One Example of Inappropriate Revisions

Of immediate concern to environmental and fisheries protection groups is an exemption that wrongly implies that no permits are necessary for a "public or private entity" to perform many kinds of unsanctioned work in endangered species creeks.

Oddly, the County seeks to make the Community Development Director responsible for determination of which fish barriers may be removed under this exemption. These types of decisions are strictly reserved for qualified fisheries biologists, and it is a determination made jointly by Federal and State Agencies. The National Marine Fisheries Service, California Department of Fish and Game, Regional Water Quality Control Board, and the Army Corps of Engineers, all have presiding jurisdiction over creeks and habitat with endangered species; the County of Marin is not the lead agency, as the exemption implies.

This particular exemption might be a serious problem for the County, other public agencies, and private citizens, as it could lead to violations of Federal and State endangered species laws, and the potential for immediate intervention and prosecution by the Federal and State agencies. It might also lead to unmitigated damage to habitat and creeks from uninformed and misled property owners, and perhaps the Public Works Department.

The County's Program of Misinformation

Misleading and false statements abound as the County presses forward with its abrogation of the CWP and Marin's environmental protections.

According to West Marin resident Mary Schmale, Supervisor Kinsey's aide, Liza Crosse told her that the Countywide Plan was, " Éa statement of intent, not a law," a pronouncement that is utterly incorrect, according to State law and the California judiciary.

Senior Principal Planner, Tom Lai acknowledged in a public meeting that, "The General Plan is the Constitution for environmental protection," yet, a few minutes later, Alex Hinds, the Community Development Director said that the County "Édid not have the ordinance [needed] to implement the Countywide Plan."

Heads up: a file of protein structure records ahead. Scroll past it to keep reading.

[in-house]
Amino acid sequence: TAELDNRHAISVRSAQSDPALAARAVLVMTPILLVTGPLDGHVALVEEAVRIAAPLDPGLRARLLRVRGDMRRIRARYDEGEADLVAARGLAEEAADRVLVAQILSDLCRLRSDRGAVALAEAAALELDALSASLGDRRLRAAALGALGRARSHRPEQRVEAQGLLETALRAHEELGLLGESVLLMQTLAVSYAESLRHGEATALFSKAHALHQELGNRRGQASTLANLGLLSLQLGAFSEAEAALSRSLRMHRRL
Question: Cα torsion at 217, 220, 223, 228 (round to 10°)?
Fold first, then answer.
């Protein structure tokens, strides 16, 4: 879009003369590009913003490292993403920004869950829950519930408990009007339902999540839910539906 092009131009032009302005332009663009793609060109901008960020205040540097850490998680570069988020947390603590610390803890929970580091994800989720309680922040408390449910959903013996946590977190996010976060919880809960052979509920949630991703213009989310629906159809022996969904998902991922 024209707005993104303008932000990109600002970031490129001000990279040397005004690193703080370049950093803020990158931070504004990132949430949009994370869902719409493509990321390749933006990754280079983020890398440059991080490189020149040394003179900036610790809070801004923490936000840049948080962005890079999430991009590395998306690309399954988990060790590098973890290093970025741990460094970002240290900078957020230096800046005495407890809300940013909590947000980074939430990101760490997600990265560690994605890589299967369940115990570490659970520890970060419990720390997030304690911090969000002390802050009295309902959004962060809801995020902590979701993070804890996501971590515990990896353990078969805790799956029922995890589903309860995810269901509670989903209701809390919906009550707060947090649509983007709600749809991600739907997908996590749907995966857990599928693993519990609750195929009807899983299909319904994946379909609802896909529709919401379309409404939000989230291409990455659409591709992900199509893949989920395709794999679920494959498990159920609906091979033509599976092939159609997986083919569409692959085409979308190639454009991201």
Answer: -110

Both men assured the audience that if a property is 100% encumbered by the SCA, the County will work through Design Review to come up with a way to develop. This is in direct conflict with the CWP, which mandates, "Proposals which do not conform to SCA policies, and cannot be modified or mitigated so they do conform, shall be denied."

County representatives seem unable to present a coherent and truthful message to the public, on either the Septic policy revisions or the draft SCA ordinance.

Deceit, Damage, and Political Motivations

The Countywide Plan is, and has been, completely enforceable, at any time the Supervisors or Planning Department desire. Weakening Marin's protective Constitution to coincide with a political agenda and doing so in the false guise of making it enforceable, is a grave disservice to the people of Marin.

Adding waivers and exemptions to the SCA process will result in increased harm to Marin's natural resources. These manipulations of the Countywide Plan appear to serve another purpose-to allow the possibility of a practice for which County government is becoming well knownÉ political favoritism.